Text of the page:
In a recent decision of the Delaware Court of Chancery, which will be of particular interest to parties involved in Cayman Islands ‘section 238’appraisal litigation, Vice Chancellor Joseph Slights dealt strategic investors a significant blow by relying solely on the unaffected trading price to determine fair value. Although it remains to be seen whether the Cayman Islands Courts will adopt a similar approach under section 238 of the Cayman Islands Companies Law, the decision in In re: Appraisal of Jarden Corporation is a particularly stinging loss for appraisal investors.
The case concerned the acquisition of Jarden Corporation (the Company) by Newell Rubbermaid Inc at a price of $59.21 per share (consisting of cash and Newell stock). The Petitioners, who collectively held approximately 2.5million shares of the Company purchased after the announcement of the acquisition, sought to persuade the Court that fair value was $71.35 per share. The Company on the other hand argued for a price of $48.01.
In deciding to go with the unaffected trading price of $48.31, the Court rejected: a ‘merger price less synergies approach’, as there were significant flaws in the sale process and it was unclear to what extent the value of synergies was reflected in the merger price; a comparable companies analysis, as no suitable peer companies had been identified; and both parties’ DCF valuations as they “utilized very different inputs” and reached “fantastically divergent conclusions”. In contrast the unaffected market price was held to be a reliable indicator of fair value on the basis that there was an efficient market for the Company’s stock – characterized by the fact there was no controlling stockholder, its public float was 93.9%, it was well covered by numerous professional stock analysts, its stock was heavily traded and it enjoyed a narrow bid-ask spread – and it was corroborated by the Court’s own DCF analysis.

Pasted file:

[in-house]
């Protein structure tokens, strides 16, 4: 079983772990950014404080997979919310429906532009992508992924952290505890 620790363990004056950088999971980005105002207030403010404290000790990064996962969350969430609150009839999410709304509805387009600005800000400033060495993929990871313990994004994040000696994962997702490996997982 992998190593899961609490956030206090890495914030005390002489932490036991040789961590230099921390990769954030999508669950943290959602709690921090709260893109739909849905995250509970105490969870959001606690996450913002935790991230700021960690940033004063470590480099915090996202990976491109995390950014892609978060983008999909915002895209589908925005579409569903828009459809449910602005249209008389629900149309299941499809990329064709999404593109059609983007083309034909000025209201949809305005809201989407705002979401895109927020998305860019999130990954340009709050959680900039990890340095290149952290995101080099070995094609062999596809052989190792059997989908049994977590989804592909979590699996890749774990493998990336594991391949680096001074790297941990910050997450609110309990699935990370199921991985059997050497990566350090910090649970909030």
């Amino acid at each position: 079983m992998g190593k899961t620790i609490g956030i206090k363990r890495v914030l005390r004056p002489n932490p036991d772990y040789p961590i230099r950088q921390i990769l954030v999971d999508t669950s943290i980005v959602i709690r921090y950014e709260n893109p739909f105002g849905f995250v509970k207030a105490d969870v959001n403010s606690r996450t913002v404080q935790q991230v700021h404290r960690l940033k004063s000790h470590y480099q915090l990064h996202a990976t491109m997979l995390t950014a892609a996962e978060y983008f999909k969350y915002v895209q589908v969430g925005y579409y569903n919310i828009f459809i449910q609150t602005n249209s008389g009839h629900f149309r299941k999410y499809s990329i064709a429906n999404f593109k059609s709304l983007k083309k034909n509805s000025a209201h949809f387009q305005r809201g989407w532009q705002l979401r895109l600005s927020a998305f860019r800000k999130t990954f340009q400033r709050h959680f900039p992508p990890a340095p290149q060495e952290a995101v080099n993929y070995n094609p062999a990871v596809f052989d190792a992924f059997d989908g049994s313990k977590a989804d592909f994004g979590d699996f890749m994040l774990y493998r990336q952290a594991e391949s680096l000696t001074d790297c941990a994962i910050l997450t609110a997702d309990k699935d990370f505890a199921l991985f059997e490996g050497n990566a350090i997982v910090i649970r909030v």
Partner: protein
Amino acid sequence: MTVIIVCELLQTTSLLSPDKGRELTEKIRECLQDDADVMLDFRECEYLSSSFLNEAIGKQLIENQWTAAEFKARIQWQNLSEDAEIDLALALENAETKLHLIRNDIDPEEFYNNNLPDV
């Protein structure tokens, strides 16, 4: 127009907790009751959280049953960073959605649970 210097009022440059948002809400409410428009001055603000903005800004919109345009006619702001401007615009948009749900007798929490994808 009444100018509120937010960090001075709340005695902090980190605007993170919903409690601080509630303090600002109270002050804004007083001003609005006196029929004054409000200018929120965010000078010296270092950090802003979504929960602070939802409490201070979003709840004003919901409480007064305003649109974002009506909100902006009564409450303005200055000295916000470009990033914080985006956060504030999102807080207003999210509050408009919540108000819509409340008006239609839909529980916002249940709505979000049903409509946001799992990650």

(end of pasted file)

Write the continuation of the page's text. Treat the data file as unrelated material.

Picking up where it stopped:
Although the decision remains subject to appeal, strategic investors will no doubt be concerned that unaffected trading price has survived as a viable valuation approach following the Delaware Supreme Court’s decision in Verition Partners Master Fund v Aruba. This is particularly so as the Petitioners in this case suffered a $26.5million loss on the merger price, giving rise to a down-side risk for investors that largely has not materialized to date.
Protagonists of Cayman ‘238’ appraisal litigation will be watching with eager anticipation to see if a similar approach makes its way to the Cayman Islands.